Perhaps the closest to a true shock last night came in Best Animated Feature, a category that hasn’t been known for upsets. The animation branch had already delivered one staggering omission by failing to nominate “The Lego Movie,” which certainly opened up the field. As a result, it was conceivable to see almost anything (well, maybe not “Song Of The Sea”) winning here, but almost every Oscar prognosticator had settled on “How To Train Your Dragon 2.” The film was widely liked, Cannes-approved, dominated the Annie Awards, and had the right mix of art, heart and commerce over competitors like Laika’s “Boxtrolls,” which is a little esoteric for some, Studio Ghibli’s more obscure “The Tale Of Princess Kaguya,” and the bouncier, poppier superhero flick “Big Hero 6.” And it was the latter that took prize, a big hit from on-top-of-the-world Disney rather than faltering DreamWorks Animation. Was it an issue of awarding sequels, or just that they liked the movie more? Whatever the case, “Big Hero 6” shook up an already shaken up category.
5. Alexandre Desplat finally winning an Oscar
The smart money in Best Original Score this year was on relative newcomer Johann Johannsson to win. Though he’s not well known in the film world, he’s delivered several excellent scores in the last few years, won the Golden Globe for “The Theory Of Everything,” and the title theme played a very crucial part in the film’s most memorable moment. The closest competition was the ever-prolific Desplat, but with two nominated films in “The Grand Budapest Hotel” and “The Imitation Game,” many thought that he could split his own vote. And with eight nominations in eight years without a win, it started to feel like Desplat was the Roger Deakins of the music world — always the bridesmaid, never the bride. This time, though, Desplat got to go down the aisle, picking up the trophy for “The Grand Budapest Hotel” and screwing up many Oscar pools. That said, this was a happy surprise. While Desplat can sometimes feel like he’s phoning in, as with “The Imitation Game,” he’s one of the most exciting composers around when he’s on form. He’s always done some of his best work with Wes Anderson, so it’s particularly gratifying that he won for that, rather than the more forgettable collaboration with Morten Tyldum.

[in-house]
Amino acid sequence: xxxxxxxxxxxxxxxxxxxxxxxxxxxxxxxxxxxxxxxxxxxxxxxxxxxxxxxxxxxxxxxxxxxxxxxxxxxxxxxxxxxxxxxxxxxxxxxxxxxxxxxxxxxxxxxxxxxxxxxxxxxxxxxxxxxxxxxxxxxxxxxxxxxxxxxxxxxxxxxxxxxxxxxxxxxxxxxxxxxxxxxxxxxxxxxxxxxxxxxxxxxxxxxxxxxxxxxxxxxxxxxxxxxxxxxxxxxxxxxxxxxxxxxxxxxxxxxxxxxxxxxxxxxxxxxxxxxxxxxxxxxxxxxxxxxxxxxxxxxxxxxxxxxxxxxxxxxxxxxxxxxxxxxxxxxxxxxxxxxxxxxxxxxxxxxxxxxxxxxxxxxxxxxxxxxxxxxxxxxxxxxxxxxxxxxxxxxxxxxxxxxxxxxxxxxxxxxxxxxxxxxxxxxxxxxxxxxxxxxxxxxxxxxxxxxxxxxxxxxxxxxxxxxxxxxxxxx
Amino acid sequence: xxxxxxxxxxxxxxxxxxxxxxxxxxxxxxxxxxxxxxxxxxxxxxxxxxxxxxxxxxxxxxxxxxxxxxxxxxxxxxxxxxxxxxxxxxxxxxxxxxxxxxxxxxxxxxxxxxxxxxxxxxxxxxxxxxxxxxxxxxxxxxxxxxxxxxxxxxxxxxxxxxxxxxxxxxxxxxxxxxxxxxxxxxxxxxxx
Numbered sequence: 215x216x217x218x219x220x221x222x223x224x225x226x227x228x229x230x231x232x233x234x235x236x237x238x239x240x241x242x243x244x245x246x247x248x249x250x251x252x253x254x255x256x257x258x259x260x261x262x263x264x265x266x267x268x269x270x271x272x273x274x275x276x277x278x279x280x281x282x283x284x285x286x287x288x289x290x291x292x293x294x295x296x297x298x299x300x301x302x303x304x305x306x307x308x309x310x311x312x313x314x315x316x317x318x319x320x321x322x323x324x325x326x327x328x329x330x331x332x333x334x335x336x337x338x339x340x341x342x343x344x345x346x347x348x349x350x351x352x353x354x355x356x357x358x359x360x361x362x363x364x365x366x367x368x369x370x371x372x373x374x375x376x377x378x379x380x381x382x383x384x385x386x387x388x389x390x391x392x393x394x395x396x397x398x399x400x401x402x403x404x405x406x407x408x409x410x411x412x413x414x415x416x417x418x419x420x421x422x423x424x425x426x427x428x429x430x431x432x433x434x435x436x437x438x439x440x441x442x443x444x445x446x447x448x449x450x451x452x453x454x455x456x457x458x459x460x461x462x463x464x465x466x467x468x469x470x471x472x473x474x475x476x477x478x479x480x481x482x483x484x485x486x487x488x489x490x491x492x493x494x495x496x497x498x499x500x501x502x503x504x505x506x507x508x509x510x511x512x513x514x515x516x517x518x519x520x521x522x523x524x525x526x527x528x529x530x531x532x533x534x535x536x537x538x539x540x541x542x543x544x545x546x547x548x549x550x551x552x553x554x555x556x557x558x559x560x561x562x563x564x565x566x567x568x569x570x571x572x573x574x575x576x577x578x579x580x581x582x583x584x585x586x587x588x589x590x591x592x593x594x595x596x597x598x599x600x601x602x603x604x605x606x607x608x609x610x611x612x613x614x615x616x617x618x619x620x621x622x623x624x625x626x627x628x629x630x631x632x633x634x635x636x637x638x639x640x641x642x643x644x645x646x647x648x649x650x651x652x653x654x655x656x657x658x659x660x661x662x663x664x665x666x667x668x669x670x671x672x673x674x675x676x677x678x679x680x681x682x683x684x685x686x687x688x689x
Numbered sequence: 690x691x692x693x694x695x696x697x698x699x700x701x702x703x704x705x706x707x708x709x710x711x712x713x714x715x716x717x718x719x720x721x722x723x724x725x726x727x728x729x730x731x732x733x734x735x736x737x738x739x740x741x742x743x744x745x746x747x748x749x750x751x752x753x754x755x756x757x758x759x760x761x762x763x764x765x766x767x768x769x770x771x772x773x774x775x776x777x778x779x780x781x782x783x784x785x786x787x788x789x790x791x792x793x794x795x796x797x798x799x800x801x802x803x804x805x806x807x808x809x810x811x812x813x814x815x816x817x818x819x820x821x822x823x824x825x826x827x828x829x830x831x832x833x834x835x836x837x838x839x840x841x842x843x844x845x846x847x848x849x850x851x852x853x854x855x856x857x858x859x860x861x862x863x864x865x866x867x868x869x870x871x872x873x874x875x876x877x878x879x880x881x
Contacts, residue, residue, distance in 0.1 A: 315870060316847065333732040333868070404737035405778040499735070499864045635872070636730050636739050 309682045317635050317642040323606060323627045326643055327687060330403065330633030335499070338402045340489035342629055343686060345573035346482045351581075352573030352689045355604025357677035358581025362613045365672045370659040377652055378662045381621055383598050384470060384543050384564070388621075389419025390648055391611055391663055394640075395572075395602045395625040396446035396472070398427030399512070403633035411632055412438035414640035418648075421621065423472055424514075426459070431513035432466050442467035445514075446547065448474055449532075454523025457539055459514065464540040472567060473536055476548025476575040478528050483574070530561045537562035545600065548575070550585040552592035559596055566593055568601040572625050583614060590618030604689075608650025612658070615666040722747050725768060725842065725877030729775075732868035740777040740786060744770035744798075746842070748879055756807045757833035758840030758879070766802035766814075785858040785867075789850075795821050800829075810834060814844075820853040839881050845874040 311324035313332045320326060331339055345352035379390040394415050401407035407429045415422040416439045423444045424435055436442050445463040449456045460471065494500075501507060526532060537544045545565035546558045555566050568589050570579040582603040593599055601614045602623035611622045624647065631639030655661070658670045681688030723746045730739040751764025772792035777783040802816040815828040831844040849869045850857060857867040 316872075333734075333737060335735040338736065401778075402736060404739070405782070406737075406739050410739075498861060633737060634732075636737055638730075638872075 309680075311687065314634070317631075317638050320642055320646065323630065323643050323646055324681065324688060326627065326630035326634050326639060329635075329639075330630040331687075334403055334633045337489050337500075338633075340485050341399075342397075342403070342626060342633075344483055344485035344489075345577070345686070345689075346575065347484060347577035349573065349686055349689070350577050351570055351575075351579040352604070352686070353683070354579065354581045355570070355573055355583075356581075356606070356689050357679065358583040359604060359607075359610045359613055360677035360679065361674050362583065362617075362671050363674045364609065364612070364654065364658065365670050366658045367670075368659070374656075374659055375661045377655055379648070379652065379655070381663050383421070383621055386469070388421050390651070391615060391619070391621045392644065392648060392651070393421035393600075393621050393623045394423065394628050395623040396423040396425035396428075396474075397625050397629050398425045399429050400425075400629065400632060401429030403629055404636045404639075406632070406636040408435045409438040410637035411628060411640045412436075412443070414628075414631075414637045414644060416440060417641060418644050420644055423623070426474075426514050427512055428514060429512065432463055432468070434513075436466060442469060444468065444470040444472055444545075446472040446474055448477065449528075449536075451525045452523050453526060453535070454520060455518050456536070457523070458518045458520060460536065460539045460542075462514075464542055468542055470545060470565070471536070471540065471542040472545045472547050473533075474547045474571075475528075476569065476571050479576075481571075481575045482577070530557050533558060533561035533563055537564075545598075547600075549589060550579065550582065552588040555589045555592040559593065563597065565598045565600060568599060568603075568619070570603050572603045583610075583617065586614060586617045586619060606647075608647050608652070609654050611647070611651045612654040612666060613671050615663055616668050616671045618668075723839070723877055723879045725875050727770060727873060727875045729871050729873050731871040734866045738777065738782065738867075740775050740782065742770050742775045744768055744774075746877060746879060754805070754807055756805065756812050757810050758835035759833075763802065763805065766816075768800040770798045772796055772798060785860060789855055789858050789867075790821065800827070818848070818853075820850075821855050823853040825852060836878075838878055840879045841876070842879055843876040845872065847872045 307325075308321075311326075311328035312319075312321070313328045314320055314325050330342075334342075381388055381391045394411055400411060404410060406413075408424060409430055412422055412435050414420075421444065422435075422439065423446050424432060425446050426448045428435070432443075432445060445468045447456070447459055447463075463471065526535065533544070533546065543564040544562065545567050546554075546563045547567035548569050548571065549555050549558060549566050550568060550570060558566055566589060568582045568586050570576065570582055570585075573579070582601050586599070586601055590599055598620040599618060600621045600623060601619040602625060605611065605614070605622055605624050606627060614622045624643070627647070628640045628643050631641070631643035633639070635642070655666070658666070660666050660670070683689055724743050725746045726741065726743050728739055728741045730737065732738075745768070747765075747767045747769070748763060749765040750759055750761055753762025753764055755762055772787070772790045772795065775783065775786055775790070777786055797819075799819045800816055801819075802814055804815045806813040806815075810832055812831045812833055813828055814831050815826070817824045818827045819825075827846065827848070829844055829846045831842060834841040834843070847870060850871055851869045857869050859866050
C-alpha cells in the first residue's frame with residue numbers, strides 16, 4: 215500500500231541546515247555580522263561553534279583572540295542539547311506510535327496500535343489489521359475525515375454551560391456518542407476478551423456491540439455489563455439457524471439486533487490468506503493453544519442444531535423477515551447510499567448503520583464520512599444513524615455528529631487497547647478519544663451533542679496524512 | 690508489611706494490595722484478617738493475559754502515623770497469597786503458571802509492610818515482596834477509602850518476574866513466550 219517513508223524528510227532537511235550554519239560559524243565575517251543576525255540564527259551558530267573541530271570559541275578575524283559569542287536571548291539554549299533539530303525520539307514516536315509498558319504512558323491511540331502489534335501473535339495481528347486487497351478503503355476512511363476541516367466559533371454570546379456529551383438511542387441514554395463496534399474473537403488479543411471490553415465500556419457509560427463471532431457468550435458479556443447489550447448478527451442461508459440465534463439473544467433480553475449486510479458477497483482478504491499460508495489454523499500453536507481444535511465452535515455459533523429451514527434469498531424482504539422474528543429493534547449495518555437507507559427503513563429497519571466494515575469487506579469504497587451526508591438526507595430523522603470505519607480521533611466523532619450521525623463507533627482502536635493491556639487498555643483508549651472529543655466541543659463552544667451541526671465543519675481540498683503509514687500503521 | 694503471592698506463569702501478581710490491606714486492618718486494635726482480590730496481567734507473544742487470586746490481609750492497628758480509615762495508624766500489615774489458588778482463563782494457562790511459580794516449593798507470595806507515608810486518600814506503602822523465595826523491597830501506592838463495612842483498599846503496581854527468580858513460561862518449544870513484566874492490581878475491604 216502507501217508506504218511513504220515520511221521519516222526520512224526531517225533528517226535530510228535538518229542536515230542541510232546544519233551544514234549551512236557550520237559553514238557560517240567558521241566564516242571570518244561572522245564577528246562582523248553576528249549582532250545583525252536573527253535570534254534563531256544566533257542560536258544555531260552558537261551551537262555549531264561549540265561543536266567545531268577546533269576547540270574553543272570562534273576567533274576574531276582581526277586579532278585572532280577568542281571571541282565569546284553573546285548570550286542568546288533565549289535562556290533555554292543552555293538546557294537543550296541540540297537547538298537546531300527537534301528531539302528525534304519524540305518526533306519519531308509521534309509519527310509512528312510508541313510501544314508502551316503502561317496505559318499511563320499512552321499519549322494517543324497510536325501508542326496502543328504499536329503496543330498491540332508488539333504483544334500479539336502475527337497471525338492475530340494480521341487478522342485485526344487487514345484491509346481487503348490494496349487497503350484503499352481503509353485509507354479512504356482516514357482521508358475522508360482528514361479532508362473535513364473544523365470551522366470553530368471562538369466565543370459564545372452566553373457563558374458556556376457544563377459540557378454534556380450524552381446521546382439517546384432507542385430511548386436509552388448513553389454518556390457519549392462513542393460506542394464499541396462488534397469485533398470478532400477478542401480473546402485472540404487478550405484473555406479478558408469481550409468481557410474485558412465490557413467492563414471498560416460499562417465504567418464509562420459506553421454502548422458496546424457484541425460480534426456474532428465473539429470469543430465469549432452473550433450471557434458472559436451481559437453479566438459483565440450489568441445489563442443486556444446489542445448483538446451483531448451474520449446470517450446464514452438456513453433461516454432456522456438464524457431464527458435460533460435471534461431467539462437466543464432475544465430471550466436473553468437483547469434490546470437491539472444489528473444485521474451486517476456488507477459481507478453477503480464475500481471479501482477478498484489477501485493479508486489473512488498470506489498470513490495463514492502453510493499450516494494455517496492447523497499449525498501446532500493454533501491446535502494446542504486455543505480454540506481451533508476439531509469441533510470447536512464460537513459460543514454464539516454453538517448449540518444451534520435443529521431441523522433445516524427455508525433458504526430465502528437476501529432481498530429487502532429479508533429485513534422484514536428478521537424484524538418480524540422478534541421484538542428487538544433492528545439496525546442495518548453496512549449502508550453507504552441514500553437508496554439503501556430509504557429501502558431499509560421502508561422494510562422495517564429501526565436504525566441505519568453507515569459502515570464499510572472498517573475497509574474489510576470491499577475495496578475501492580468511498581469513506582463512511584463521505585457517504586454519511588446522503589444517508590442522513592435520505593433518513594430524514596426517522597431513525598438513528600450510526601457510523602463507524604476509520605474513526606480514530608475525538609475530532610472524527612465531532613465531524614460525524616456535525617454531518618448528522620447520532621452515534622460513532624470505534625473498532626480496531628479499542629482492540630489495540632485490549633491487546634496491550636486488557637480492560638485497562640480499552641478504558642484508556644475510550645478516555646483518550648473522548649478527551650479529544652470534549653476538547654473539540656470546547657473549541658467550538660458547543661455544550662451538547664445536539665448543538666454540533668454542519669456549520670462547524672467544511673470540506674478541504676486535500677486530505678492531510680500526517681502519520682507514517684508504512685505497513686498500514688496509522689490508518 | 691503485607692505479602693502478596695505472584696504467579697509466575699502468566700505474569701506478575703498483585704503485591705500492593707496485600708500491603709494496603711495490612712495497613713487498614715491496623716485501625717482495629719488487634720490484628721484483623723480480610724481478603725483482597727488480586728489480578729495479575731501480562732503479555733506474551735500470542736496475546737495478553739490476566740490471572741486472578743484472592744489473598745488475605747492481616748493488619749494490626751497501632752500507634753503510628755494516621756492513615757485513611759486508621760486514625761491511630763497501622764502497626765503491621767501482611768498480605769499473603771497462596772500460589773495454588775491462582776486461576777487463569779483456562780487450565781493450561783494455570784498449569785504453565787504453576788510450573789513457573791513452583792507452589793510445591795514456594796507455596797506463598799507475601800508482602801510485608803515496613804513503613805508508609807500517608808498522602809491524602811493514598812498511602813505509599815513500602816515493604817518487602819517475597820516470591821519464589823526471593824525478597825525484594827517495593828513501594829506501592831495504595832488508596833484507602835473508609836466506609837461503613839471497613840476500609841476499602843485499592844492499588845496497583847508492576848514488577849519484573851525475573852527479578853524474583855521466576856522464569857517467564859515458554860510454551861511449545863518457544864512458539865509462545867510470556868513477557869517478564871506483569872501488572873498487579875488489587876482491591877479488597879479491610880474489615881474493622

6. Despite everything, it was a pretty good night for women.
Though this year’s conversation about diversity, or the total lack of, focused mostly on race, more than a few people pointed out that women had been sidelined, as well. Best Director and the Screenplay categories remained a total sausage fest, despite the likes of Ava DuVernay, Angelina Jolie and Gillian Flynn being potentials, and essentially all the Best Picture nominees being about men (this was the year, after all, of “BirdMAN” vs. “BOYhood”). That didn’t change on the night, obviously, but the split in representation wasn’t so bad on stage, with female directors winning trophies in Best Documentary, Best Documentary Short and Best Animated Short. Maybe if the Academy would deign to nominate someone in the main category again, we’d see more joining Kathryn Bigelow (still the lone female winner of Best Director, of a shameful four nominees ever).